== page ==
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Hodgdon LiL' Gun now useless?

This is a discussion on Hodgdon LiL' Gun now useless? within the Reloading forums, part of the Firearm Forum category; A few years ago I bought several 8 pounders of various powders ...one of them being Lil'-gun ....I load 9mm,38s&w,38wcf,.40s&w,44mag,44wcf,45acp,45lc, .223,264mag,308win,30-06,300h&h and 12 ga 2 ...


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Old November 19th, 2016, 07:19 PM   #1
 
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Hodgdon LiL' Gun now useless?

A few years ago I bought several 8 pounders of various powders ...one of them being Lil'-gun ....I load 9mm,38s&w,38wcf,.40s&w,44mag,44wcf,45acp,45lc,
.223,264mag,308win,30-06,300h&h and 12 ga 2 3/4 target

When I bought the still unopened keg of Lil'-Gun I assure you I looked and found many loads across my many calibers of weapons

So I thought about it the other day as I was rotating my powder supply ...and over a cup of coffee started looking at where I could best apply it as I start to load "Christmas presents" for my boys ...

I find the data has dried up ...nada except for some Krazy big n ugly large bore pistol and some of the little 22 stuff like hornet

Man that's a lot of $$ for a no longer recommended powder #$%!+#$

Bear



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Old November 19th, 2016, 09:34 PM   #2
 
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Some LGS's still have the soft cover Hodgdon loading manuals. Try and find one if you can. I always save old manuals for this reason.
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Old November 19th, 2016, 10:47 PM   #3
 
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Try this: https://www.hodgdon.com/basic-manual-inquiry.html
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Old November 19th, 2016, 11:01 PM   #4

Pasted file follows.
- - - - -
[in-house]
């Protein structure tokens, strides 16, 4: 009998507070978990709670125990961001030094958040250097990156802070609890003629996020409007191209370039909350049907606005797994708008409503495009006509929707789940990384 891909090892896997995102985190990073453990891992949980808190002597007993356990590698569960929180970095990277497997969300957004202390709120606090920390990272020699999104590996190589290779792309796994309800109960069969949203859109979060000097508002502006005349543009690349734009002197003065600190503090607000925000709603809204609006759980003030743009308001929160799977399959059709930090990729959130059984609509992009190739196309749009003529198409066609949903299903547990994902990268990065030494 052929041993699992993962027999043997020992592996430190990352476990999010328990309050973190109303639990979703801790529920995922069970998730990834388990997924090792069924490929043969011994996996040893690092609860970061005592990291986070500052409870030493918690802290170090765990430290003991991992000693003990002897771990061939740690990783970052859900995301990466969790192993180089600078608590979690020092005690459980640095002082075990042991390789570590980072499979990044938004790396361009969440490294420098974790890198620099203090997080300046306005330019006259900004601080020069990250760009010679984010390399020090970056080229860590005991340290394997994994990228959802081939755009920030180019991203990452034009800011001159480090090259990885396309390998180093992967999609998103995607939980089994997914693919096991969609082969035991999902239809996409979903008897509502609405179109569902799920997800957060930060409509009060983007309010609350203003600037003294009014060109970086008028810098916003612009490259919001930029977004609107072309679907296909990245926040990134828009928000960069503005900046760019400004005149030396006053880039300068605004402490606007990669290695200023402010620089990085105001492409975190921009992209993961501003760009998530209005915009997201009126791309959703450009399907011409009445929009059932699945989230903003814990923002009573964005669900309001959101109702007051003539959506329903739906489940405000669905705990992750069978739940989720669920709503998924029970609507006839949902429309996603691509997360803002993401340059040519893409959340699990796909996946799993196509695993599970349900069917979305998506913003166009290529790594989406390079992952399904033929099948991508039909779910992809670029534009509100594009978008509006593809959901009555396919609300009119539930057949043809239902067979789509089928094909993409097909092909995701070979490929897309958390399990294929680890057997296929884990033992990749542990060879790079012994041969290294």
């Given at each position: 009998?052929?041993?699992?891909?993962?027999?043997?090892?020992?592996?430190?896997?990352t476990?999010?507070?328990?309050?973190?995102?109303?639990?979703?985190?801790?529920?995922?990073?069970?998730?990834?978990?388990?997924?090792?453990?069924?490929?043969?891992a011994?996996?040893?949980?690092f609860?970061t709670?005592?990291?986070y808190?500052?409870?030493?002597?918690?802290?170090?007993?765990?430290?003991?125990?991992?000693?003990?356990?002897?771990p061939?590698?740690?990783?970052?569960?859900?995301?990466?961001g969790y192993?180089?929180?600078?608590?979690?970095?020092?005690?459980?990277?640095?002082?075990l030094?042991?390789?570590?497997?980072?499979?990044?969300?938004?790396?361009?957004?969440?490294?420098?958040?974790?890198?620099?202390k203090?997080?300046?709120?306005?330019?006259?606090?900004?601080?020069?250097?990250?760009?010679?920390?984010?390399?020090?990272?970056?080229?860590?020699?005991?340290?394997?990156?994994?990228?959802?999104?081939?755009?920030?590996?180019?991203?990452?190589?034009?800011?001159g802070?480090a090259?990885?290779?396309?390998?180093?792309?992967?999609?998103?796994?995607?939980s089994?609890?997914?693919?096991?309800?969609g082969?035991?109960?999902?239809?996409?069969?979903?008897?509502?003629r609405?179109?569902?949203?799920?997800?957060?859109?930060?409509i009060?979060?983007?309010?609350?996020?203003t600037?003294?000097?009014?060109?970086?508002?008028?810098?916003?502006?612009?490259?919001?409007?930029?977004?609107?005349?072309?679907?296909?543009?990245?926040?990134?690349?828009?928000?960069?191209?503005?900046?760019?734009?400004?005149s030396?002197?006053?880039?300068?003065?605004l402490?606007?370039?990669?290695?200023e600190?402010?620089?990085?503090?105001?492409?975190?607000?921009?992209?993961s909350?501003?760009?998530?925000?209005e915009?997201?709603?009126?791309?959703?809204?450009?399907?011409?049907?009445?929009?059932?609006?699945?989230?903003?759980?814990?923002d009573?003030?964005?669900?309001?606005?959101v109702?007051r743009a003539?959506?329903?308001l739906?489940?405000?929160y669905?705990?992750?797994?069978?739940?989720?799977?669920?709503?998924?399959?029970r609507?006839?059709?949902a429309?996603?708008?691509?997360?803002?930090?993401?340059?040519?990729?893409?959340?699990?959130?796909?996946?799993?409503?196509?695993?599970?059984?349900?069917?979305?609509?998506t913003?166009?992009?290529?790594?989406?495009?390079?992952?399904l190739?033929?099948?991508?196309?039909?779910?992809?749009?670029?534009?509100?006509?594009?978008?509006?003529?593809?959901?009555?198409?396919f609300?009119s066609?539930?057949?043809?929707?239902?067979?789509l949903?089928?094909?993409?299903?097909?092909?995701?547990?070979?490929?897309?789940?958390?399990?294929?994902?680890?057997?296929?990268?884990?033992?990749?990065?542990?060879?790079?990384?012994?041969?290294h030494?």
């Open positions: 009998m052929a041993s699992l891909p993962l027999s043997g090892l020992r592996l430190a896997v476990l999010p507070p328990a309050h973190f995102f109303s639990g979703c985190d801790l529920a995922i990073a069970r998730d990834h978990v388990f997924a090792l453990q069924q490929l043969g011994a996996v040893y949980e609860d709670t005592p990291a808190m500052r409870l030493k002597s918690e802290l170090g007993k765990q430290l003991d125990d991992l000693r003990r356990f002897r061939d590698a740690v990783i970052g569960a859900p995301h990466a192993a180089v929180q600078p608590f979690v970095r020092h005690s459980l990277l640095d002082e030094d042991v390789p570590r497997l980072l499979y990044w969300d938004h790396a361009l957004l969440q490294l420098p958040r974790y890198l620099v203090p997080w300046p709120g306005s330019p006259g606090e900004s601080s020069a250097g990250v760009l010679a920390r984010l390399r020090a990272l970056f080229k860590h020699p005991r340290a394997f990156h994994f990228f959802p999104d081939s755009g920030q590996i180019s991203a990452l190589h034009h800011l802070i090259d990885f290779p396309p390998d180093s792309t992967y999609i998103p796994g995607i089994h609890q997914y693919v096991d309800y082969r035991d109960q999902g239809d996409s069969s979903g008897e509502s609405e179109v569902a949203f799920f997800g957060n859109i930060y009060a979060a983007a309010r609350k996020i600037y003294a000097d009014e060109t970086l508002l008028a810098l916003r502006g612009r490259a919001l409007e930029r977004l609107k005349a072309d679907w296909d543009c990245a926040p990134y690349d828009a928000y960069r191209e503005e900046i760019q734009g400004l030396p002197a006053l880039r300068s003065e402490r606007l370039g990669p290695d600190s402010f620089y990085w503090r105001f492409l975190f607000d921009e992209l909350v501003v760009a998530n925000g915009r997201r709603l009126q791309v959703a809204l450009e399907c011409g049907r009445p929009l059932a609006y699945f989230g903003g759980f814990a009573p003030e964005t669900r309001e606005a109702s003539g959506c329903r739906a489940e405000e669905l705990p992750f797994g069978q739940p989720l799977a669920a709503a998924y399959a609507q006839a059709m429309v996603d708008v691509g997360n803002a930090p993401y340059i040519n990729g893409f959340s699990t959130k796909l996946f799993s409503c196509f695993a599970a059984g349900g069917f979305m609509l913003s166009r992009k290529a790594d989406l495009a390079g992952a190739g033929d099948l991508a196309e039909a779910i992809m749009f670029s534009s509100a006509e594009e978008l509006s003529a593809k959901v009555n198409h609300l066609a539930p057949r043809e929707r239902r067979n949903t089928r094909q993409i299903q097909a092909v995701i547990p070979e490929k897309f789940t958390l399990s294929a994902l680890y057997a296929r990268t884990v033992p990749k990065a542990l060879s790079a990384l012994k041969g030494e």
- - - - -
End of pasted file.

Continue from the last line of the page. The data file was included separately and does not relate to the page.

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Found recipes for your 44mag, and 45 colt (Ruger, Freedom Arms, & T/C) in the 2014 Hodgdon manual. Sorry, I know that's not much comfort for you. Should do really well if you ever decide to load 410, though.
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Old November 20th, 2016, 07:35 AM   #5
 
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Lil' Gun is right in there with W296/H110, Alliant 2400, and AA #9: perfect for Magnum handgun loads... And .410 shotgun.

Are there some other cartridges you planned to use it for?
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Old November 20th, 2016, 10:03 AM   #6
 
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Quote:
Originally Posted by Broken Bear View Post
A few years ago I bought several 8 pounders of various powders ...one of them being Lil'-gun ....I load 9mm,38s&w,38wcf,.40s&w,44mag,44wcf,45acp,45lc,
.223,264mag,308win,30-06,300h&h and 12 ga 2 3/4 target

When I bought the still unopened keg of Lil'-Gun I assure you I looked and found many loads across my many calibers of weapons

So I thought about it the other day as I was rotating my powder supply ...and over a cup of coffee started looking at where I could best apply it as I start to load "Christmas presents" for my boys ...

I find the data has dried up ...nada except for some Krazy big n ugly large bore pistol and some of the little 22 stuff like hornet

Man that's a lot of $$ for a no longer recommended powder #$%!+#$

Bear
All Hodgdon data is available online in their excellent Reloading Data Center.

That or trade the powder with a friend locally.
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Old November 20th, 2016, 02:25 PM   #7
 
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4,736 410 loads ?

Quote:
Originally Posted by moakes58 View Post
All Hodgdon data is available online in their excellent Reloading Data Center.

That or trade the powder with a friend locally.
I understand what is NOW listed ...but what was listed when I bought the keg was far far broader with many more calibers and bullet weights recipes

But thanks everyone ...who needs 8 lbs of 410 powder?!$#^&*)(!

A quick calculation ...it will load 4736 rounds of .410 loads

Bear
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Old November 21st, 2016, 10:38 AM   #8
 
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Lil'gun works great in 327 federal and 32 h&r magnum
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Old November 21st, 2016, 01:17 PM   #9
 
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Quote:
Originally Posted by Broken Bear View Post